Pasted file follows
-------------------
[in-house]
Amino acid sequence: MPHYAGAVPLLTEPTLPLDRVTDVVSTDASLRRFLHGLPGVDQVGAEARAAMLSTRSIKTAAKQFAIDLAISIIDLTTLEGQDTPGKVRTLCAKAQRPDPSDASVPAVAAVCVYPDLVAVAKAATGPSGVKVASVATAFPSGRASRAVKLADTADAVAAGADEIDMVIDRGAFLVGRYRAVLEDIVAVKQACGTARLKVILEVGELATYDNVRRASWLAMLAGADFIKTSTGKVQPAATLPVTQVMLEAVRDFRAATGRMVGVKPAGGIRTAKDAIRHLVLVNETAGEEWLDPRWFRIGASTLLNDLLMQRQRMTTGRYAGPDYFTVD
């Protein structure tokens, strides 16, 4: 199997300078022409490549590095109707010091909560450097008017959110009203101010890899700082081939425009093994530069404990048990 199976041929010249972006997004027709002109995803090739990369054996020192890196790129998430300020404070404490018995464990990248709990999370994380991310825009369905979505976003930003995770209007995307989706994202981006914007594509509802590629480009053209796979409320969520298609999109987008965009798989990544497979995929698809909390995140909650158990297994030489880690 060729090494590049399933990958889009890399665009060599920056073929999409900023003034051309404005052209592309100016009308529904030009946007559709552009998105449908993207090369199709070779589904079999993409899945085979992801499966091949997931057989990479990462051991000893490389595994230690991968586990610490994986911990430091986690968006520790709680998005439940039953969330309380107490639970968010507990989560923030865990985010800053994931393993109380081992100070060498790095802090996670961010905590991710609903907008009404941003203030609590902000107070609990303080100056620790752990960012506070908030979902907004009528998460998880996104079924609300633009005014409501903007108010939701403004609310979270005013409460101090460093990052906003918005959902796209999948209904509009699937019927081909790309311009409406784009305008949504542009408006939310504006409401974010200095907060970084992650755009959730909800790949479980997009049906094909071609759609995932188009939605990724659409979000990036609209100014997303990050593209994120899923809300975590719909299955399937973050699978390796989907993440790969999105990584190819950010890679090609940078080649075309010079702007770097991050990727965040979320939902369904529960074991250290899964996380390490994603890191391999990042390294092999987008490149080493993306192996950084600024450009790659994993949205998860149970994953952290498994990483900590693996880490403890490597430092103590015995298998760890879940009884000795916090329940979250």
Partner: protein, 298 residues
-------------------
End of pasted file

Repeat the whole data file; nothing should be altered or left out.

[in-house]
Amino acid sequence: MPHYAGAVPLLTEPTLPLDRVTDVVSTDASLRRFLHGLPGVDQVGAEARAAMLSTRSIKTAAKQFAIDLAISIIDLTTLEGQDTPGKVRTLCAKAQRPDPSDASVPAVAAVCVYPDLVAVAKAATGPSGVKVASVATAFPSGRASRAVKLADTADAVAAGADEIDMVIDRGAFLVGRYRAVLEDIVAVKQACGTARLKVILEVGELATYDNVRRASWLAMLAGADFIKTSTGKVQPAATLPVTQVMLEAVRDFRAATGRMVGVKPAGGIRTAKDAIRHLVLVNETAGEEWLDPRWFRIGASTLLNDLLMQRQRMTTGRYAGPDYFTVD
């Protein structure tokens, strides 16, 4: 199997300078022409490549590095109707010091909560450097008017959110009203101010890899700082081939425009093994530069404990048990 199976041929010249972006997004027709002109995803090739990369054996020192890196790129998430300020404070404490018995464990990248709990999370994380991310825009369905979505976003930003995770209007995307989706994202981006914007594509509802590629480009053209796979409320969520298609999109987008965009798989990544497979995929698809909390995140909650158990297994030489880690 060729090494590049399933990958889009890399665009060599920056073929999409900023003034051309404005052209592309100016009308529904030009946007559709552009998105449908993207090369199709070779589904079999993409899945085979992801499966091949997931057989990479990462051991000893490389595994230690991968586990610490994986911990430091986690968006520790709680998005439940039953969330309380107490639970968010507990989560923030865990985010800053994931393993109380081992100070060498790095802090996670961010905590991710609903907008009404941003203030609590902000107070609990303080100056620790752990960012506070908030979902907004009528998460998880996104079924609300633009005014409501903007108010939701403004609310979270005013409460101090460093990052906003918005959902796209999948209904509009699937019927081909790309311009409406784009305008949504542009408006939310504006409401974010200095907060970084992650755009959730909800790949479980997009049906094909071609759609995932188009939605990724659409979000990036609209100014997303990050593209994120899923809300975590719909299955399937973050699978390796989907993440790969999105990584190819950010890679090609940078080649075309010079702007770097991050990727965040979320939902369904529960074991250290899964996380390490994603890191391999990042390294092999987008490149080493993306192996950084600024450009790659994993949205998860149970994953952290498994990483900590693996880490403890490597430092103590015995298998760890879940009884000795916090329940979250």
Partner: protein, 298 residues